The Big Numbers Behind Big Money in Politics

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With an increasingly small fraction of wealthy Americans
buying and selling elections, power has never been more unequal in Washington, says Lawrence Lessig in a new TED Talk. And the problem goes way beyond the 1 percent.  

Everybody seems to agree that there’s too much money in
politics. According to a Demos poll during the last election cycle, more
than 80 percent
of Americans agree that “corporate political spending
drowns out voices of average Americans,” and more than half would support a ban
on all corporate donations. What’s more, opposition to laws like the Citizens United decision is equally
strong among those on the left and the right. 

But knowing that the system is rigged is different than
understanding exactly what’s behind it. With Super PACs and “independent
expenditures” veiled from public knowledge by Citizens United and other laws, how do we know what’s really going
on?

For activist and academic Lawrence Lessig, it all comes down
to the Lesters. That is, the 144,000 or so Americans that are rigging the game
for the rest of us–roughly the same small number of Americans who are named Lester. These
are the guys making big donations to Super PACs and hiring high-powered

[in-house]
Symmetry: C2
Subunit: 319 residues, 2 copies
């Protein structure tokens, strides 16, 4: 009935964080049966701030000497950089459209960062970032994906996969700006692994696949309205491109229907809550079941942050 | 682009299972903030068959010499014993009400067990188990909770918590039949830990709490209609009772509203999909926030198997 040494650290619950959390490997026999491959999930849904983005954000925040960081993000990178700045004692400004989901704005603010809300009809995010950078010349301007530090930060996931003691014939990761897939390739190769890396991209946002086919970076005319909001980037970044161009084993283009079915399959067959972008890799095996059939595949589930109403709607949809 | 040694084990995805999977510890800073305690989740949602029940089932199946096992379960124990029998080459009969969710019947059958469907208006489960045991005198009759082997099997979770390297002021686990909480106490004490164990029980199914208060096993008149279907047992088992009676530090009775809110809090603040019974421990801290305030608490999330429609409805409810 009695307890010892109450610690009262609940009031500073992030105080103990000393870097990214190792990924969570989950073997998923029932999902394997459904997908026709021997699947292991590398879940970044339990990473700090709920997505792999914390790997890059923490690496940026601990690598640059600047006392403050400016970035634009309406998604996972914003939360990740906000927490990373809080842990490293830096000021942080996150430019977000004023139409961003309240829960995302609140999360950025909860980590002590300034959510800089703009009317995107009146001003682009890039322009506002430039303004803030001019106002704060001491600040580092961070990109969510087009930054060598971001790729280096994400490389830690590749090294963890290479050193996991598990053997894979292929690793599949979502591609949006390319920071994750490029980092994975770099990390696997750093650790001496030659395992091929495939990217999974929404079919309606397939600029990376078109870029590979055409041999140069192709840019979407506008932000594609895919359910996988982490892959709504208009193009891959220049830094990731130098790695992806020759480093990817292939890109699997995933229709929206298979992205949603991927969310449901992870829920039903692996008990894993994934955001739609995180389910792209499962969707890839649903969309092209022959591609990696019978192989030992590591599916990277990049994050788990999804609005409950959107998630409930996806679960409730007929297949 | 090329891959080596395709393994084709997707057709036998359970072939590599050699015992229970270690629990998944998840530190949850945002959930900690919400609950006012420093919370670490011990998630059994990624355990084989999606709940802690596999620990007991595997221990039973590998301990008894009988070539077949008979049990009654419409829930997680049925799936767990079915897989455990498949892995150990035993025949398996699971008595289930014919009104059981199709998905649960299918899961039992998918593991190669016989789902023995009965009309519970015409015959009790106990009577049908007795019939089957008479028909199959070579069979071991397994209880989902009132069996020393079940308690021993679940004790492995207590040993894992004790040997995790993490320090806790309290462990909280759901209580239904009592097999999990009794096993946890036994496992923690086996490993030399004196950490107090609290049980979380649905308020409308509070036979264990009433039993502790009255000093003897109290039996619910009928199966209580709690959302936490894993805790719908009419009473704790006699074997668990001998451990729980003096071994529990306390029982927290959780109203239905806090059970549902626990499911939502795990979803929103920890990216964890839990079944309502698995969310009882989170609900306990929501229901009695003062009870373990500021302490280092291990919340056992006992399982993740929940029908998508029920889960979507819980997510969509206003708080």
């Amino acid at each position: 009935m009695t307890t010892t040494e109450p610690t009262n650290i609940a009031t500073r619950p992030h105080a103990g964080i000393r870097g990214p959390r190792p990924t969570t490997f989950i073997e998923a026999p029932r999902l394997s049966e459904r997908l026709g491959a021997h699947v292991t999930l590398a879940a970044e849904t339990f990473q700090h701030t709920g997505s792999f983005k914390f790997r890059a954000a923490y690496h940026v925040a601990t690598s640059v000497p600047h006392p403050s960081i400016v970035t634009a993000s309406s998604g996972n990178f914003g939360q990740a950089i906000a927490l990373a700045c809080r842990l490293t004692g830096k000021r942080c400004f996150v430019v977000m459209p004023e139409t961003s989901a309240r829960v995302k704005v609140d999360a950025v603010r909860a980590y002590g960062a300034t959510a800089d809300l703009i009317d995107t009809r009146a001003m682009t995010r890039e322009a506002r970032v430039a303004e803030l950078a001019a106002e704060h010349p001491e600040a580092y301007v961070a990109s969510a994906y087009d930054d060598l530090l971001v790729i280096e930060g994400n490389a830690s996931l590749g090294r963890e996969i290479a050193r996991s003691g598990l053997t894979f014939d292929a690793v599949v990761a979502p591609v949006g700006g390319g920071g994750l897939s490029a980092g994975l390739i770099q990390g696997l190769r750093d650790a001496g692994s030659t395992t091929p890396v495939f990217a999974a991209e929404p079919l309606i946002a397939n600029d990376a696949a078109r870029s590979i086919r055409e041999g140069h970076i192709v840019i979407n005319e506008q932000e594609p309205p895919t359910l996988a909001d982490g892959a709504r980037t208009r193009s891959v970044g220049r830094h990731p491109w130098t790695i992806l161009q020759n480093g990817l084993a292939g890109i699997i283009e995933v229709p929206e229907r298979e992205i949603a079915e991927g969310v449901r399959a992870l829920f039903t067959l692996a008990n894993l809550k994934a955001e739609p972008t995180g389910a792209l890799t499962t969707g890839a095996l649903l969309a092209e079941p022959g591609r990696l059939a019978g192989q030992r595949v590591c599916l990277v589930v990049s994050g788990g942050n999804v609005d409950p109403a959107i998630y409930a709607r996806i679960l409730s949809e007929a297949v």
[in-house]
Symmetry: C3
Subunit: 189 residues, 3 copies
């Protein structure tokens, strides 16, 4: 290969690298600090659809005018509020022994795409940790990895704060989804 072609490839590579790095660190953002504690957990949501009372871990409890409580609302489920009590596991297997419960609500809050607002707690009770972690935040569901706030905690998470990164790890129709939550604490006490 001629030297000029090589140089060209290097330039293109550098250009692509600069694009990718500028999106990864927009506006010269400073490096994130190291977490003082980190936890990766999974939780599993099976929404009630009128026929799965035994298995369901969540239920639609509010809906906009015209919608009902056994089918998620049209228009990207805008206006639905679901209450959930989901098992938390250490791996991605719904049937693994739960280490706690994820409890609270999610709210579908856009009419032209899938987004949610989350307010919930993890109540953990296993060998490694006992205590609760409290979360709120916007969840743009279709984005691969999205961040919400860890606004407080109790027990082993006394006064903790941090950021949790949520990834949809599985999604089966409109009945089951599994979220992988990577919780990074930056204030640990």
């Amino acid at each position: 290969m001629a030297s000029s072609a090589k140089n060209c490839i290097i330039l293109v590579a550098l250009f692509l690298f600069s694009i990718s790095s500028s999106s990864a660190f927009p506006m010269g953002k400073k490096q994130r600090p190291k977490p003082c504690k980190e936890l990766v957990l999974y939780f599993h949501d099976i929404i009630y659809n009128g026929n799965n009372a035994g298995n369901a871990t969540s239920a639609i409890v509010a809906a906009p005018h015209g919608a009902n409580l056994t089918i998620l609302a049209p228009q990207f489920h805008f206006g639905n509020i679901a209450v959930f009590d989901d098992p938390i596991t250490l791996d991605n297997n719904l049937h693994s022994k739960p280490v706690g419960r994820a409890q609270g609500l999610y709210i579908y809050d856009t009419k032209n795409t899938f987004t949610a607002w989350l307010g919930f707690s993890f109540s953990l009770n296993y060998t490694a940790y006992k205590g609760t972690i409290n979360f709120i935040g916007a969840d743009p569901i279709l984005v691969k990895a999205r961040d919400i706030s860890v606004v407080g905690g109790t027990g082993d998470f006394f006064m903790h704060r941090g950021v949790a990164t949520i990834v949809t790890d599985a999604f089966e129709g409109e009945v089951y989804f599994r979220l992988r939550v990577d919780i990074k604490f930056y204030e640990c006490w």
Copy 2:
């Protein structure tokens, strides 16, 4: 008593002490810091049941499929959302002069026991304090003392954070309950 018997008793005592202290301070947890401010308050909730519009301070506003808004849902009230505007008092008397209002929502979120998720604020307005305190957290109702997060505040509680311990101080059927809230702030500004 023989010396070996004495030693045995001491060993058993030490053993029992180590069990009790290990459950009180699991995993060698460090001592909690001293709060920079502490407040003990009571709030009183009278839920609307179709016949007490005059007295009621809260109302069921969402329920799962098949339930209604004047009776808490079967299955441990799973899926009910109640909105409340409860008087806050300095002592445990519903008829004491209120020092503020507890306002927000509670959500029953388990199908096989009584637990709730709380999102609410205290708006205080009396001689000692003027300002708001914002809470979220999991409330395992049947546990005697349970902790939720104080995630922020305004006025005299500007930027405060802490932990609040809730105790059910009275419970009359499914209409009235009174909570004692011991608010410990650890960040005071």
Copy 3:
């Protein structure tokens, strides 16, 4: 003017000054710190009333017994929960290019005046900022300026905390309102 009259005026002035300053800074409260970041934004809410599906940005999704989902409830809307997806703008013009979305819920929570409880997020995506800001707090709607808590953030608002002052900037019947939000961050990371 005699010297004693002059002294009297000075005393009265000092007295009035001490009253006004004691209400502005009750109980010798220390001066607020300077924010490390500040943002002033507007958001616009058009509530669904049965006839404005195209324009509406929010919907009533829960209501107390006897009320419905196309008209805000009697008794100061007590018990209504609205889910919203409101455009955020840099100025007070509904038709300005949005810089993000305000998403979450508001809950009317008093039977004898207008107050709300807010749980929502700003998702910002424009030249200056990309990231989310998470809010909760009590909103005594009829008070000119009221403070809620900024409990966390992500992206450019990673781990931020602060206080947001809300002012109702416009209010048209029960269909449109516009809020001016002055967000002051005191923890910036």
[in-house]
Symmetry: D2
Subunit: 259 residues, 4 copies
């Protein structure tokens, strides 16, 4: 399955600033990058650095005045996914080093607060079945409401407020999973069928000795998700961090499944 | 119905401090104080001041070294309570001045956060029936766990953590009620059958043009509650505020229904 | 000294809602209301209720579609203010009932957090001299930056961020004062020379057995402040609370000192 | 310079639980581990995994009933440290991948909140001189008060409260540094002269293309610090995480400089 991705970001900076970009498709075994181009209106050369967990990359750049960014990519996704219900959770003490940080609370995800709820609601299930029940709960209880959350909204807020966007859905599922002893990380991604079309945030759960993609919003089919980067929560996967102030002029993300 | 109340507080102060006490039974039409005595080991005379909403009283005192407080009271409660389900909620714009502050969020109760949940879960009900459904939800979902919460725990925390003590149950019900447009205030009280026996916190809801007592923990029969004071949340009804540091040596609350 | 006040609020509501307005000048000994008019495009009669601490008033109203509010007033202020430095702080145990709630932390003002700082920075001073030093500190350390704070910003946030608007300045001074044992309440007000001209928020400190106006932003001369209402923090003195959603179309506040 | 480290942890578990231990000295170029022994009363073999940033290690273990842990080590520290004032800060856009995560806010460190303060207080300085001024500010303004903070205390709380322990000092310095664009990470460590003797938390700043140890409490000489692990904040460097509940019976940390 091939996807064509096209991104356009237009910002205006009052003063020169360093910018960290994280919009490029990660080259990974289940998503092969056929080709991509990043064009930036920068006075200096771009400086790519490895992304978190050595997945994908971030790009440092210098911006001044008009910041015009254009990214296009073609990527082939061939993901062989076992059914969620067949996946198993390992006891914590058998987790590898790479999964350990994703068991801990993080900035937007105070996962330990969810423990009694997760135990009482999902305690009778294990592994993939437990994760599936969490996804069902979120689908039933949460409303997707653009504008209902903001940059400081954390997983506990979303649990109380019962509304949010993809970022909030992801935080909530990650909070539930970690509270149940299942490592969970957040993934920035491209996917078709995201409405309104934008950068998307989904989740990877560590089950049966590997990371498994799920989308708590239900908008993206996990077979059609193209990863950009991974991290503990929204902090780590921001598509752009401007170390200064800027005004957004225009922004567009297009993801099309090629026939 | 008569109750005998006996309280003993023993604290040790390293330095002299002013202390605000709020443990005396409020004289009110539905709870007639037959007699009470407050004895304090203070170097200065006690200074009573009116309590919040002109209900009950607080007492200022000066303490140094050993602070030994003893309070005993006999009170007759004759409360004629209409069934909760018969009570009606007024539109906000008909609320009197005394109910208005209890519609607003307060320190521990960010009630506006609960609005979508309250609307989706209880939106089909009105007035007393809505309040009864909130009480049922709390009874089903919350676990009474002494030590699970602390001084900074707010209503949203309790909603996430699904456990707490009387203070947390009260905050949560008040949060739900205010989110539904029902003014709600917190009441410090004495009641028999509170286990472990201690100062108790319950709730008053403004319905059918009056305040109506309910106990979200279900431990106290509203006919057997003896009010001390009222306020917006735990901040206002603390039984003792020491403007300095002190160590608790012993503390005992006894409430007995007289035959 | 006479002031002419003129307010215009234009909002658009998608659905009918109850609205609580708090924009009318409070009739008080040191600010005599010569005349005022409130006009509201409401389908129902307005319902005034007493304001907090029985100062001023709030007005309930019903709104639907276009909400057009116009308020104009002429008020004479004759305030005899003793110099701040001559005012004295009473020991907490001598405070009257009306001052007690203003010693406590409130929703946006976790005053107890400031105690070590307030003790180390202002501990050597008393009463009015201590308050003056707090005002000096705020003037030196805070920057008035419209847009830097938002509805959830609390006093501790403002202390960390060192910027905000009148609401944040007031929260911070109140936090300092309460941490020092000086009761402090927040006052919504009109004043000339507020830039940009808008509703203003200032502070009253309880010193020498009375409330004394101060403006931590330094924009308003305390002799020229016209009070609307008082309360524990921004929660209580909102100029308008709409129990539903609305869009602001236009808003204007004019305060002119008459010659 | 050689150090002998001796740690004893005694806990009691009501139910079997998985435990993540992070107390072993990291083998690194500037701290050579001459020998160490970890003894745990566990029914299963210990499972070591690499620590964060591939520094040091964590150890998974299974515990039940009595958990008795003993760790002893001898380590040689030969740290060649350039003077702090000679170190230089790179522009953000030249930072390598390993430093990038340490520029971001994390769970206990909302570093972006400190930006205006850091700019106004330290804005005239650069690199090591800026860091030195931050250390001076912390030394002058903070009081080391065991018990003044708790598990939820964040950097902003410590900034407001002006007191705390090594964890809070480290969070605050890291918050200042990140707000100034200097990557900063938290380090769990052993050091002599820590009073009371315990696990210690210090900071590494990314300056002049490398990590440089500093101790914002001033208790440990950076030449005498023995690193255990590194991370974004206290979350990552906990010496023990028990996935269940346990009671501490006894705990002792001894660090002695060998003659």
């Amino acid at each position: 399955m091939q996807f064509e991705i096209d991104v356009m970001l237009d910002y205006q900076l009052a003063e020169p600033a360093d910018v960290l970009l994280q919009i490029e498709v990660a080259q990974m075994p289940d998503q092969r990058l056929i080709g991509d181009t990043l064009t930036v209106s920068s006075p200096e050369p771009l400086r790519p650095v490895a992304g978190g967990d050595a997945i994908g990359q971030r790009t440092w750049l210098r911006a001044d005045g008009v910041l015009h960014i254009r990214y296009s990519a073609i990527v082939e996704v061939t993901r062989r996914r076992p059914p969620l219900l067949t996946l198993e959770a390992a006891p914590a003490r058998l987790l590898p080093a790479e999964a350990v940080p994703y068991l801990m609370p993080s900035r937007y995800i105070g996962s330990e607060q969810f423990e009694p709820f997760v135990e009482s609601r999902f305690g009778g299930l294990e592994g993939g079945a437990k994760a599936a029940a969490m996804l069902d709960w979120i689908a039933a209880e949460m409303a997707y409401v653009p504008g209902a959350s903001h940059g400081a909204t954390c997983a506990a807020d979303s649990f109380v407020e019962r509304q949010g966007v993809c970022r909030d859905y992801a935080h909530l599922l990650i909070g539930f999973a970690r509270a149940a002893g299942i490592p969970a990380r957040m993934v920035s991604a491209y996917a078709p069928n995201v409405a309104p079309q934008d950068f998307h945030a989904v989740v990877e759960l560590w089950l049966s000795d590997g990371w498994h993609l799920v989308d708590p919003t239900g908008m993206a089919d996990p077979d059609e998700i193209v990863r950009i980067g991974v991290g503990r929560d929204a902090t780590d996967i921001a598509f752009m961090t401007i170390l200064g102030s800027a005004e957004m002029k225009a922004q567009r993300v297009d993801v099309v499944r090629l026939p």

lobbies. They’re also the guys members of Congress are trying very hard to impress–as
Lessig adds, federal politicians spend somewhere between 30 and 70 percent of
their time just trying to raise even more money from the Lesters.

But wait, it gets worse. The Lesters may have more political
influence than most of us can fathom, but they’re no match for the real movers
and shakers. The ones who are really in charge are the .000042 percent–that’s
exactly 132 Americans–who made 60 percent of Super PAC contributions in 2012. I’m
gonna let that sink in a little…  

But don’t worry, there is hope. There are plenty of
proposals for fairer elections already on the table, and no shortage of public
support. The key, says Lessig, is to remember that the barriers to real change
are not insurmountable–just political.

To learn more, check out his TED Talk below: 

Image by Kevin Dooley,
licensed under Creative
Commons

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